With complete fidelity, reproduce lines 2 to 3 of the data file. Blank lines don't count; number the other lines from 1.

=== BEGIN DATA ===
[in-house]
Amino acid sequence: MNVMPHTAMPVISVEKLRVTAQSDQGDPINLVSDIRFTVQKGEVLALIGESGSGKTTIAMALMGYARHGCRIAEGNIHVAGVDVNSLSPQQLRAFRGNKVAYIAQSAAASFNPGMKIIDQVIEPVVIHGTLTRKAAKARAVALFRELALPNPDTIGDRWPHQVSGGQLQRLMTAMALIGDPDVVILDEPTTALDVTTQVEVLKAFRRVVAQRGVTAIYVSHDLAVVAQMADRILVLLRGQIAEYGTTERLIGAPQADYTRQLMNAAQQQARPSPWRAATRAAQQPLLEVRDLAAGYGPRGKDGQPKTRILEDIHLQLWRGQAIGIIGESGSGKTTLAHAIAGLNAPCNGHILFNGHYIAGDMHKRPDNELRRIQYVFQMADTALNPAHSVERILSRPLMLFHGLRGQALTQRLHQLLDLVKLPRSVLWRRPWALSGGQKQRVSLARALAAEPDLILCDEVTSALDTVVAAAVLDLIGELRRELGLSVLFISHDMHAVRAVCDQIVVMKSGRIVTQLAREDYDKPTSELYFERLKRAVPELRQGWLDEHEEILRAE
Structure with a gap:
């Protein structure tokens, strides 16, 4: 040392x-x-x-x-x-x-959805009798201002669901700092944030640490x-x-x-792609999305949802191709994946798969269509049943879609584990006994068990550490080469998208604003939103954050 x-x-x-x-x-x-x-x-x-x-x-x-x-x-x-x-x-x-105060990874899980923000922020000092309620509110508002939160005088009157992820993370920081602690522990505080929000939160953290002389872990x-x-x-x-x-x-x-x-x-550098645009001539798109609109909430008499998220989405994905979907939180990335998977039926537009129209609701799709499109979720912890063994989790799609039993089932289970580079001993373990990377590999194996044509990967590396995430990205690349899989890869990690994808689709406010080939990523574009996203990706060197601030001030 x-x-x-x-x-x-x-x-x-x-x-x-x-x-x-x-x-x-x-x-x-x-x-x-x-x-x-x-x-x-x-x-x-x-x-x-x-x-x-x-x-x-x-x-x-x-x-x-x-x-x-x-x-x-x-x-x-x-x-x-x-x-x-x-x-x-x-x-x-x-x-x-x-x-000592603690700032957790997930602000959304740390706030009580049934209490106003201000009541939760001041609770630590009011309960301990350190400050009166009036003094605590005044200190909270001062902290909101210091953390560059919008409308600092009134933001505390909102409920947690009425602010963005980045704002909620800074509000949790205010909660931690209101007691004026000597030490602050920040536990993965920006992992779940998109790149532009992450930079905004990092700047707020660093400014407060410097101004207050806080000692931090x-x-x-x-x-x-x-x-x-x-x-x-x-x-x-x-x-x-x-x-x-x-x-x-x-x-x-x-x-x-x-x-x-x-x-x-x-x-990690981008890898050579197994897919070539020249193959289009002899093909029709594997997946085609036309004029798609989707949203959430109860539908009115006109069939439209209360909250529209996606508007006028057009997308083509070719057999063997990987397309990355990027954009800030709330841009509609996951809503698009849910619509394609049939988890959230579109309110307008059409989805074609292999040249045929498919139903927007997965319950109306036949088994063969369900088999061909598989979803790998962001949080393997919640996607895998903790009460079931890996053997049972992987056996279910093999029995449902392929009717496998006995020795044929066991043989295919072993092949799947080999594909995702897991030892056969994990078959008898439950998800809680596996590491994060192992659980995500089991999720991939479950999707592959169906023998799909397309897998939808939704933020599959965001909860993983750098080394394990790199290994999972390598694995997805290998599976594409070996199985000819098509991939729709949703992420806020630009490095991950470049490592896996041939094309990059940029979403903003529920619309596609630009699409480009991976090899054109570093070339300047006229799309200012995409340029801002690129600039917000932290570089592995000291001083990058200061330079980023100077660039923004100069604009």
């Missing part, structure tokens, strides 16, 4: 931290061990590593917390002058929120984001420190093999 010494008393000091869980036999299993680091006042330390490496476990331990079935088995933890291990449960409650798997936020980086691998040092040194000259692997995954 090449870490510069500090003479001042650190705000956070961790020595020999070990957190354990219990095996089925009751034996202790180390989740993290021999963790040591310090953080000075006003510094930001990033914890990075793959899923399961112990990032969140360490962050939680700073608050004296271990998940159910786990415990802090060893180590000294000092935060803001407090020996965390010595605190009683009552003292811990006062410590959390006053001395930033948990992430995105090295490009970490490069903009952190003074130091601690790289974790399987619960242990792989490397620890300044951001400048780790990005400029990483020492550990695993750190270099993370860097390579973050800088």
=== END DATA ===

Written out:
Amino acid sequence: MNVMPHTAMPVISVEKLRVTAQSDQGDPINLVSDIRFTVQKGEVLALIGESGSGKTTIAMALMGYARHGCRIAEGNIHVAGVDVNSLSPQQLRAFRGNKVAYIAQSAAASFNPGMKIIDQVIEPVVIHGTLTRKAAKARAVALFRELALPNPDTIGDRWPHQVSGGQLQRLMTAMALIGDPDVVILDEPTTALDVTTQVEVLKAFRRVVAQRGVTAIYVSHDLAVVAQMADRILVLLRGQIAEYGTTERLIGAPQADYTRQLMNAAQQQARPSPWRAATRAAQQPLLEVRDLAAGYGPRGKDGQPKTRILEDIHLQLWRGQAIGIIGESGSGKTTLAHAIAGLNAPCNGHILFNGHYIAGDMHKRPDNELRRIQYVFQMADTALNPAHSVERILSRPLMLFHGLRGQALTQRLHQLLDLVKLPRSVLWRRPWALSGGQKQRVSLARALAAEPDLILCDEVTSALDTVVAAAVLDLIGELRRELGLSVLFISHDMHAVRAVCDQIVVMKSGRIVTQLAREDYDKPTSELYFERLKRAVPELRQGWLDEHEEILRAE
Structure with a gap: